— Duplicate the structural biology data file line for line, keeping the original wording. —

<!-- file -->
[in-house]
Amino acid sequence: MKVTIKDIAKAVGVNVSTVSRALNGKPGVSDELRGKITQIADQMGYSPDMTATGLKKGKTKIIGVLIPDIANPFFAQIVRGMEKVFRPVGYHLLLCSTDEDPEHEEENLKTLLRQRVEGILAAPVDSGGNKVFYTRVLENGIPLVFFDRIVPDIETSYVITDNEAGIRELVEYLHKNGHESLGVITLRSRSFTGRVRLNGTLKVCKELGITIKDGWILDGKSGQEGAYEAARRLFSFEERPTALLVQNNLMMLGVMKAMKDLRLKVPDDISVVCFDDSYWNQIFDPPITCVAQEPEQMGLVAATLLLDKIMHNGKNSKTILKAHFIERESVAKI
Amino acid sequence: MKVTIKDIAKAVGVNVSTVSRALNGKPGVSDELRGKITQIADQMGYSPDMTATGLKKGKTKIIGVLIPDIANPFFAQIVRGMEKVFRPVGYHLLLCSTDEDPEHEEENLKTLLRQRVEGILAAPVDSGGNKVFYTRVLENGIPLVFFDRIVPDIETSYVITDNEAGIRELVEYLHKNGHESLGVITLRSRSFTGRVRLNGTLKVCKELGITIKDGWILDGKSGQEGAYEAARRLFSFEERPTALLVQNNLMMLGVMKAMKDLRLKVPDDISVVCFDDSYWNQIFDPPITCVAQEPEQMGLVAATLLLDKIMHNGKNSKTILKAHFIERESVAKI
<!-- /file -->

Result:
[in-house]
Amino acid sequence: MKVTIKDIAKAVGVNVSTVSRALNGKPGVSDELRGKITQIADQMGYSPDMTATGLKKGKTKIIGVLIPDIANPFFAQIVRGMEKVFRPVGYHLLLCSTDEDPEHEEENLKTLLRQRVEGILAAPVDSGGNKVFYTRVLENGIPLVFFDRIVPDIETSYVITDNEAGIRELVEYLHKNGHESLGVITLRSRSFTGRVRLNGTLKVCKELGITIKDGWILDGKSGQEGAYEAARRLFSFEERPTALLVQNNLMMLGVMKAMKDLRLKVPDDISVVCFDDSYWNQIFDPPITCVAQEPEQMGLVAATLLLDKIMHNGKNSKTILKAHFIERESVAKI
Amino acid sequence: MKVTIKDIAKAVGVNVSTVSRALNGKPGVSDELRGKITQIADQMGYSPDMTATGLKKGKTKIIGVLIPDIANPFFAQIVRGMEKVFRPVGYHLLLCSTDEDPEHEEENLKTLLRQRVEGILAAPVDSGGNKVFYTRVLENGIPLVFFDRIVPDIETSYVITDNEAGIRELVEYLHKNGHESLGVITLRSRSFTGRVRLNGTLKVCKELGITIKDGWILDGKSGQEGAYEAARRLFSFEERPTALLVQNNLMMLGVMKAMKDLRLKVPDDISVVCFDDSYWNQIFDPPITCVAQEPEQMGLVAATLLLDKIMHNGKNSKTILKAHFIERESVAKI